Like Michael, I'm someone born and brought up in a Southie housing project(The Old Harbor Village), albeit some 25 years earlier. I was luckier than Michael and his siblings because I had two parents, and drugs and guns were virtually nonexistent in Southie's projects in the 40's, 50's, and early 60's when I was there. However, I can identify with and testify to the existence of "Southie Pride", and the insular nature of "The Town", that "us versus the rest of the world" mentality. Combine that with the forced busing saga produced by a self-serving state legislature which passed laws to insure their lily-white towns wouldn't be affected by busing, and a judge from Wellesley who didn't have a clue, along with extreme poverty, organized crime controlling Southie ,an incompetent and/or corrupt police force, a similarly corrupt local FBI contingent, guns, drugs, and booze pouring in uninhibited by law enforcement, and lo and behold, you have the perfect formula for the disaster that ensued, the anger, hate, despair, misery, grief, the premature deaths, suicides, murders, ODs' etc, the exacerbation of Southie's natural introversion! Thanks to this wonderful book, the story is out there,and the healing process has begun.
I really hope all of America reads the book, especially those non-Southies who live in Boston and its environs. I guarantee you will all change your perspective of Southie afterwards. I would also recommend that "All Souls" be mandatory in the high school English courses of the Boston Public School system, as well as those across the country. There'a a major lesson to be learned here.
Michael MacDonald..Thank you for your story, and I'll be waiting for to write more!
39 of 41 people found the following review helpful
on November 9, 2000
For a young man in his thirties, Michael Patrick MacDonaldexhibits a rare strong, intelligent, probing voice in thisautobiography of his childhood in the forced-busing 1970's SouthBoston.
Readers learn that poverty and tragedy, caused by or atleast exacerbated by Southie's own destructive code of silence and theFBI's refusal to prosecute the 'hood's mafia chief/purveyor ofdrugs/booze/weapons, end up devastating Southie and the author'sfamily. He loses 4 siblings to crime or discrimination.
This is NOTa depressing book. It is uplifting in the sense that Angela's Asheswas: the author writes most of the time from his childhood perspective-- one that doesn't know any other world but the one in which he isliving.
The family went out of their way to NOT look poor, to thepoint where they would buy shop-lifted designer clothes from a Southie"fence" so that they could look as fashionable as everyoneelse, despite the fact that their mother was a "career"welfare mom. MacDonald has said in interviews that in large part hisbook is about the denial of their poverty and immersion in thedrug/weapon culture he wants readers to understand. There's much, muchmore.
I am a Masters student in American & New England Studiesand had to read this book for a class called Ethnicity in America. Ifyou have one book to choose to give you a perspective on how the Irish"assimilated" to the Boston scene, choose this one. Youwon't be able to put it down.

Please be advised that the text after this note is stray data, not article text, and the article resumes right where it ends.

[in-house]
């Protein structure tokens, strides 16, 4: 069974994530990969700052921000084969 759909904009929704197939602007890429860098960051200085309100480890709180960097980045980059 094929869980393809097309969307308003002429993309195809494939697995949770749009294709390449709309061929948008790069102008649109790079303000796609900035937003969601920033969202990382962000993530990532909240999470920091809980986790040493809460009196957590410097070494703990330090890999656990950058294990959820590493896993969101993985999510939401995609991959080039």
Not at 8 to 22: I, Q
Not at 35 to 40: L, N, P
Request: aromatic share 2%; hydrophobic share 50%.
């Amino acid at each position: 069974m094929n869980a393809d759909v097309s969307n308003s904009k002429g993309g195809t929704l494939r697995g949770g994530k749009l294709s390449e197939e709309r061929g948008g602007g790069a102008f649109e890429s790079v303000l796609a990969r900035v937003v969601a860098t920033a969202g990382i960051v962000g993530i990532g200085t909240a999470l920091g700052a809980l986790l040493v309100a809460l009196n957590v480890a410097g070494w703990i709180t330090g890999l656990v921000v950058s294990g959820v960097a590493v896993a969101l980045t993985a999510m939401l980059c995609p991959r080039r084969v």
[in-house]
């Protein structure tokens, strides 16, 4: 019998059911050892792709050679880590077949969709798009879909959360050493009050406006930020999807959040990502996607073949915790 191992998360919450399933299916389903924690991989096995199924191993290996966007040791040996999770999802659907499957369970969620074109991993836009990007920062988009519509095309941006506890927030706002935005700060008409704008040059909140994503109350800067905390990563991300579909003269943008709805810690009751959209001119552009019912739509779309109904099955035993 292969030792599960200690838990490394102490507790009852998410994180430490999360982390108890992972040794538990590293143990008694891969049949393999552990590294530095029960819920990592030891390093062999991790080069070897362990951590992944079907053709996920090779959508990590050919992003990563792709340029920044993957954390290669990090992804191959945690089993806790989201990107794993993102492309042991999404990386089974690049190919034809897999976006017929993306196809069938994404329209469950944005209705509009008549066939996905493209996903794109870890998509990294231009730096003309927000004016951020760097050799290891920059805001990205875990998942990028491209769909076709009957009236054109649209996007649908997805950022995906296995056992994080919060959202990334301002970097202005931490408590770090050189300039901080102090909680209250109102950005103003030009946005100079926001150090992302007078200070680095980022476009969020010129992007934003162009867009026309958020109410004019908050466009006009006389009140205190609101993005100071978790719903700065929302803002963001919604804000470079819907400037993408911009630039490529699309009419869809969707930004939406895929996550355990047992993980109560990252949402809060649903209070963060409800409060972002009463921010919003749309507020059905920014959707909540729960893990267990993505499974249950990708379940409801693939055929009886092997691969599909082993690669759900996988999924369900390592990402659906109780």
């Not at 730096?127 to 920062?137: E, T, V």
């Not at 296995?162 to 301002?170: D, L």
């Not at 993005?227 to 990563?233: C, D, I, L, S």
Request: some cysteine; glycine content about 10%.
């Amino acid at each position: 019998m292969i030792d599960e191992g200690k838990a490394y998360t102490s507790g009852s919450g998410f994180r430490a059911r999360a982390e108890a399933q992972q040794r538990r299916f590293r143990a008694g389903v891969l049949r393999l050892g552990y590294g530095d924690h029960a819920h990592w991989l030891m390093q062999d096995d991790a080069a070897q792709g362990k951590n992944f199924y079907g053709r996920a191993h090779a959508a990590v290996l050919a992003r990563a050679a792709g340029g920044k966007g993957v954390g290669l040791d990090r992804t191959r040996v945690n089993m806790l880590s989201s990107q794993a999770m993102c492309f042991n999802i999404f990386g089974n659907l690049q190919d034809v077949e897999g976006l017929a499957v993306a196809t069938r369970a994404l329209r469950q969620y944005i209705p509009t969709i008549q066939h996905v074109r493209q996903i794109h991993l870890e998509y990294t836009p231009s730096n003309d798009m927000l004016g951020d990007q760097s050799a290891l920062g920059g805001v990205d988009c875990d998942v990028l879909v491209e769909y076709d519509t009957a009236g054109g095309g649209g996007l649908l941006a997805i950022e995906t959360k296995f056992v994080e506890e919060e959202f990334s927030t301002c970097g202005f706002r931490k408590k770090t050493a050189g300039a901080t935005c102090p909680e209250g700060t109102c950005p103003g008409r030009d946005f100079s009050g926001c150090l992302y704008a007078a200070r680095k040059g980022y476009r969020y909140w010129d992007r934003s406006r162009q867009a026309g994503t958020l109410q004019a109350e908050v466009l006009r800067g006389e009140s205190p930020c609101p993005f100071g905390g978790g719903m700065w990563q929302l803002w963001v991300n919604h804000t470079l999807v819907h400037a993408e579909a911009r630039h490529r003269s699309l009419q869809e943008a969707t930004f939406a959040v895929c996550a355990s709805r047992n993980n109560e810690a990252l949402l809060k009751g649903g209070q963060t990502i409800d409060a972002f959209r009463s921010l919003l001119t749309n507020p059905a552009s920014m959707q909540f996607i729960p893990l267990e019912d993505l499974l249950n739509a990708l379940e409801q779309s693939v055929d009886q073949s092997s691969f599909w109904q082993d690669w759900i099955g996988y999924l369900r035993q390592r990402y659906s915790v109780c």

23 of 23 people found the following review helpful
on February 29, 2000
Claude Brown told it from an African American perspective thirty years ago. Now we have it from an Irish American perspective. Poor people, regardless of race, are used, manipulated and pitted against each other to the advantage of those in power. Still, in communities crushed down by poverty, crime, corruption, alcohol and drug abuse, some people will not let humanity be crushed out of them. As Viktor Frankel observed in the concentration camps some people will survive no matter how oppressive the conditions. I am glad Michael MacDonald survived to remind us of that fact again. This is a painful book to read. I found it compelling in a way I don't with Angela's Ashes (which I have my education students read). This is an important book and should not be considered as an Irish genre work any more than Brown's is Black genre. They both speak to the human condition in a way we need to hear more frequently, for our own humanity's sake.
24 of 25 people found the following review helpful
on January 26, 2007
My name is James Mallan im 26 years old and grew up in Old Colony (East 8th). I moved out of Southie in 1996 when the epidemic of suicides hit my neighborhood. After losing countless friends to death and drugs I went to live with my godfather in Maine. It was tuff leaving Old Colony but I now know it saved my life. I now live in Chicago. I couldn't let the opportunity pass me by. I was in college at Umass when a friend was assigned ALL SOULS. Even though it wasn't my class I read the book in 2 days. It was the only book I read in college. Growning up with an addicted mother in Old Colony I felt as if you dipped your pen into my soul and wrote down my life story. I had an older brother that I never met who was violently taken. The way that you described your relationships with Kevin and Frank allowed me to process my own pain about my brother. After reading your book I was able to confront some of the issues of my childhood and bring to light some family secrets that needed to be adressed. I feel that I am a more complete person after reading your book and applying it to my own life and for that I can not express the graditude.